By Mike Burnett
At the BBC Sport Personality awards
Kelly Holmes, the BBC's newly-crowned Sports Personality of the Year, says she is determined to prolong her athletics career.
The double Olympic champion refused to lay out exact plans but intends to keep competing in the near future.
"I still want to continue to run next year," she told BBC Sport.
"I haven't decided on what events I'll run, whether outdoor or indoor. It depends on my fitness levels. I'll go in for events I know I can win."
Holmes received the BBC's prestigious end-of-year honour after an overwhelming victory in a public vote on Sunday evening.
But the 34-year-old former army sergeant admitted the win was far from a foregone conclusion in her eyes.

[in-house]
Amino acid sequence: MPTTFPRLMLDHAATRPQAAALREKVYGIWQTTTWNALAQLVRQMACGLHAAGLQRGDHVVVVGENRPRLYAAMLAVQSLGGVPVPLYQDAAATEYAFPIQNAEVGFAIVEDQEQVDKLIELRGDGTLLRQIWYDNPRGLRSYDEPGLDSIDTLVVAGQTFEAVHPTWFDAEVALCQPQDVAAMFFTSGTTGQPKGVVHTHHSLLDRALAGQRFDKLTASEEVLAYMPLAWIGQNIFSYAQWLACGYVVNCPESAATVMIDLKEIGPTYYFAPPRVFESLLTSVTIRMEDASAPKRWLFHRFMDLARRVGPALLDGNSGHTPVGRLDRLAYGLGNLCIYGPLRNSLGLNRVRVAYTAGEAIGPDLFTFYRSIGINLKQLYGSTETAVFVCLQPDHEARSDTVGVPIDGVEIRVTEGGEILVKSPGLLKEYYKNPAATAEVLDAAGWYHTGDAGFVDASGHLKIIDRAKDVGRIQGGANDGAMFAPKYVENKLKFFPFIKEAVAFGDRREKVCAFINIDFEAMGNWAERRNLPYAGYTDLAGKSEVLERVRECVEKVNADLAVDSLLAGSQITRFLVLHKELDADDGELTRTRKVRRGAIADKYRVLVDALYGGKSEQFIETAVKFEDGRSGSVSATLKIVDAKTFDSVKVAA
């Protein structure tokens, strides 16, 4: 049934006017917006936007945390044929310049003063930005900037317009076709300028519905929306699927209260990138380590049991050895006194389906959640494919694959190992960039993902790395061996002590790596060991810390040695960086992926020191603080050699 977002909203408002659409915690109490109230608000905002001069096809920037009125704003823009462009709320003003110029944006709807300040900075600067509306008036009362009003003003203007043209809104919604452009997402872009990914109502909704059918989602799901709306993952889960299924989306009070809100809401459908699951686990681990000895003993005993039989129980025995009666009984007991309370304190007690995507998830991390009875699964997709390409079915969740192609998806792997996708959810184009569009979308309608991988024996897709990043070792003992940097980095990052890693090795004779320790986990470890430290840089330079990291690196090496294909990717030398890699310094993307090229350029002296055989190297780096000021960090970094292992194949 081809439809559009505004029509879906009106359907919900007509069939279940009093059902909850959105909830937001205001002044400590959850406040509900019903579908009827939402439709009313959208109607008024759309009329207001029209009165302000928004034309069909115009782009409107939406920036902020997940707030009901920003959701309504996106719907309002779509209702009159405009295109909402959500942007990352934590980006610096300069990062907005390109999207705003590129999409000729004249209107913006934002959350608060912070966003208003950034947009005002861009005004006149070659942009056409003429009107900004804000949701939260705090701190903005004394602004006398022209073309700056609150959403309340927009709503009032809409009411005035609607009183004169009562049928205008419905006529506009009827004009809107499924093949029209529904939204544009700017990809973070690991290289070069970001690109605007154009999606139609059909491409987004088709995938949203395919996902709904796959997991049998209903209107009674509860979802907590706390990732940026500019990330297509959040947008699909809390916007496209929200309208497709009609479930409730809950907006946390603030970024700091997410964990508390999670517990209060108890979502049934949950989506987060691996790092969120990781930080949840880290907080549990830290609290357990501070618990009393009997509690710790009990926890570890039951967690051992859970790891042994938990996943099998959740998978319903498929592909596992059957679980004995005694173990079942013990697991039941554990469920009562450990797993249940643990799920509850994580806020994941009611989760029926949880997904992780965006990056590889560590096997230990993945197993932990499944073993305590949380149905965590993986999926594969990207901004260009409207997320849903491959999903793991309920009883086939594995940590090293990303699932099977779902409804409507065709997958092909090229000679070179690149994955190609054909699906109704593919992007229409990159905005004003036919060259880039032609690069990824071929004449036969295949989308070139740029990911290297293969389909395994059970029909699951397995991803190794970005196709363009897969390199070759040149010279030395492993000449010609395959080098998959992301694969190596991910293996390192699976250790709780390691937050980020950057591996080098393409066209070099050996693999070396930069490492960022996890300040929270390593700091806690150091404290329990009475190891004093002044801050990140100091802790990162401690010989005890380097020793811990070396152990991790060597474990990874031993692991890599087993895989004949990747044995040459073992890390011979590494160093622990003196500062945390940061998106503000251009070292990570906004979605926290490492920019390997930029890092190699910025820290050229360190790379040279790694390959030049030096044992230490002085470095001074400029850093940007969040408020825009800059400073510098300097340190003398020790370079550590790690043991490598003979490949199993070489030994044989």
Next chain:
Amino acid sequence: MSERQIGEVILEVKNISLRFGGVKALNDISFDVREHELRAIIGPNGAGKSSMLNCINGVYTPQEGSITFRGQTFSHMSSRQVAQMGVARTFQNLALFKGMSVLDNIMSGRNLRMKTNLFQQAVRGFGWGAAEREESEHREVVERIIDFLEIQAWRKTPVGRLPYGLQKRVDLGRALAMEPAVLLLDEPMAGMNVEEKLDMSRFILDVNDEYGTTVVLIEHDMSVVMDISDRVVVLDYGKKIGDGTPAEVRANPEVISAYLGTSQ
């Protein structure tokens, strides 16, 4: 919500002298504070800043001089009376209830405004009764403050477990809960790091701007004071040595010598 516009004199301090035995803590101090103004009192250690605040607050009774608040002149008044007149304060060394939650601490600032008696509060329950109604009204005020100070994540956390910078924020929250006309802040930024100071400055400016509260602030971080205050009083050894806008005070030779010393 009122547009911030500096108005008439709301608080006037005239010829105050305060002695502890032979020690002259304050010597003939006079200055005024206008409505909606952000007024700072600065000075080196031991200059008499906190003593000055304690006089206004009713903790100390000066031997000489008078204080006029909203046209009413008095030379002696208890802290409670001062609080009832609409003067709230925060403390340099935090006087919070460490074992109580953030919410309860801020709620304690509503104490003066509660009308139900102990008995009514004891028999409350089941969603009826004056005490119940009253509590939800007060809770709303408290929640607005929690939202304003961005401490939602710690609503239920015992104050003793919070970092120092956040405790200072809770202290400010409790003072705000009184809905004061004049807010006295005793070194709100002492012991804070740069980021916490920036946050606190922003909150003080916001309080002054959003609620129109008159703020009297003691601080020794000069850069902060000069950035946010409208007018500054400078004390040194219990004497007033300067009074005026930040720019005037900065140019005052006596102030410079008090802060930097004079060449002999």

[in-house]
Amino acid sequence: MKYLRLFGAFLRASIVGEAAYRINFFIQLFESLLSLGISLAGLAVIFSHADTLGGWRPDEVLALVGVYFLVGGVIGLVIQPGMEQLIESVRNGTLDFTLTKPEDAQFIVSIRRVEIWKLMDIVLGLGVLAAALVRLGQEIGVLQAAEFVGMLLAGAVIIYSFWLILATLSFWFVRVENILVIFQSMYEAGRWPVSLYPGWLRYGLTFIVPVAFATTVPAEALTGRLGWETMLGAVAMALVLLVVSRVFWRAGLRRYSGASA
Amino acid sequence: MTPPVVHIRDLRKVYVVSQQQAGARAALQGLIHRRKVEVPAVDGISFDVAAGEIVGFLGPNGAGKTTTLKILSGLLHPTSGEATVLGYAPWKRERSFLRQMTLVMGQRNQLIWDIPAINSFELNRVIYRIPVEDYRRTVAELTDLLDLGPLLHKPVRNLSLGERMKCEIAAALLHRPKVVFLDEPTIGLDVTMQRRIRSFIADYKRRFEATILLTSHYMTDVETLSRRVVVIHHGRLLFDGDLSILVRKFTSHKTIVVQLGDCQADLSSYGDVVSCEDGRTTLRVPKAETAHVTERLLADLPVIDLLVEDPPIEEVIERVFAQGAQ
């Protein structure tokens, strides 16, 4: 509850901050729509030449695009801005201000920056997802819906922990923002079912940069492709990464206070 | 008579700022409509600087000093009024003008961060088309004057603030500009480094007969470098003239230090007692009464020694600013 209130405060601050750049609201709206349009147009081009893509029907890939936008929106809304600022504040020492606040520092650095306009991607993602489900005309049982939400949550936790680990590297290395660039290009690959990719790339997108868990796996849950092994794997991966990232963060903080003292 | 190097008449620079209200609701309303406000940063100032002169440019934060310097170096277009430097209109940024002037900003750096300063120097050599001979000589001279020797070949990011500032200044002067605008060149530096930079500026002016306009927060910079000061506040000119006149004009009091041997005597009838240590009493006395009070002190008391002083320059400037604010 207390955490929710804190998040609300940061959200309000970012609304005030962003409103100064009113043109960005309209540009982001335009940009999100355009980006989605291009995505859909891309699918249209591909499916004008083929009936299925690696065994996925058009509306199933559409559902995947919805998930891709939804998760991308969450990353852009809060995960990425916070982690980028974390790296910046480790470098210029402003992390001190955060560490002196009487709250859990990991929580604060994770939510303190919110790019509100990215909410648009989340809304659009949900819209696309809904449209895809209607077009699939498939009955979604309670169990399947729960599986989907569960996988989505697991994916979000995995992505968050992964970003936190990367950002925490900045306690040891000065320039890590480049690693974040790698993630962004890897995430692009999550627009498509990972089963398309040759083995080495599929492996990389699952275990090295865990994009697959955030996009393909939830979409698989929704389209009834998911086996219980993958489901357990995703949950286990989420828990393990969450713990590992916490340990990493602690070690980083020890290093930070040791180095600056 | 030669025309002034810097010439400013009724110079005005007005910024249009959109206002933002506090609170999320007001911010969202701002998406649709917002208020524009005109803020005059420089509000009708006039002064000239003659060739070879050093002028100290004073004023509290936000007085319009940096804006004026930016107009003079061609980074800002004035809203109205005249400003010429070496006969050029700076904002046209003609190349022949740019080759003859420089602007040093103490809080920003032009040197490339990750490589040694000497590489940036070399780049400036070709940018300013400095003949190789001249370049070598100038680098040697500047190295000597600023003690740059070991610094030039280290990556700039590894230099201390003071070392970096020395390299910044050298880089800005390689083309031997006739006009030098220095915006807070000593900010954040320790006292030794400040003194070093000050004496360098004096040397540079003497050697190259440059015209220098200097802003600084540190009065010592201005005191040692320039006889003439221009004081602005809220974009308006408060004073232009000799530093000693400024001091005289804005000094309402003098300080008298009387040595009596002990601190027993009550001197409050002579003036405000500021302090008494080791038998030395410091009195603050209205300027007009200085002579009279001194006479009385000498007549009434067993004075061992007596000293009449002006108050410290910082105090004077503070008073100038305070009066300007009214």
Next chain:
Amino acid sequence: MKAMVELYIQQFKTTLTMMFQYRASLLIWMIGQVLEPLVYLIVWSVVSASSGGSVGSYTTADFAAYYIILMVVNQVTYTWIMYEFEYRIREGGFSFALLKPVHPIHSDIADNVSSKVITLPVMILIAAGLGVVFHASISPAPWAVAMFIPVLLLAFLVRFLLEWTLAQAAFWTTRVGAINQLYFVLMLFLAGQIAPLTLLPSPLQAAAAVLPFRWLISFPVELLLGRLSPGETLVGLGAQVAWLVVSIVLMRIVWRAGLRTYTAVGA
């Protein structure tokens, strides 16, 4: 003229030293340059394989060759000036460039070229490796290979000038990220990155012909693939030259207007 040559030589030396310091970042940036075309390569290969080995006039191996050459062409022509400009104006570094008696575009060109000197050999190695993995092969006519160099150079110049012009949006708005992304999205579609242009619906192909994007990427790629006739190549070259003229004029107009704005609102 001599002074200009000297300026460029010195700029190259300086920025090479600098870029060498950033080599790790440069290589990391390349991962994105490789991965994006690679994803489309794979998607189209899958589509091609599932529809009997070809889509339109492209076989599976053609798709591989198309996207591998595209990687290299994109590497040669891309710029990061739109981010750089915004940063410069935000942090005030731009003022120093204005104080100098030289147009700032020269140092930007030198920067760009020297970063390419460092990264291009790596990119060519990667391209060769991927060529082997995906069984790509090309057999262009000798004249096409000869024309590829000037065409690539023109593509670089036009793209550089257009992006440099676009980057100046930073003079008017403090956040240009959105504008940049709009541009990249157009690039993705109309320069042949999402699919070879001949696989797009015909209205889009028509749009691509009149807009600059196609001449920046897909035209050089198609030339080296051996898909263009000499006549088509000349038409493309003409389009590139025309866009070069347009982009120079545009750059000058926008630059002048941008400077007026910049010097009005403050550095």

"I probably sat there more nervous all night than I was at the 1500m in Athens," said Holmes, who beat rowing's Matthew Pinsent, with cricketer Andrew Flintoff in third.
"I was very nervous because I was more worried that everyone thought I was going to win and so they wouldn't vote.
"On the track, I'm in control but I wasn't in control of what happened here, it was down to the British public - I can never thank them enough."
Holmes earned a permanent place in British sporting history when she won gold medals in both the 800m and 1500m at the Athens Olympics.
Having fulfilled her lifelong ambition, Holmes wants to put the years of pain and pressure firmly behind her.
"I think, why not enjoy myself, be announced as Olympic champion, have a big smile on my face before races - and whatever happens, happens.
"I don't know where I'm going from here. All I wanted was to be a PT instructor in the army and be Olympic champion - and now I've done both.
"At the end of the day I'll never have the same drive but I'll continue running next year because I can."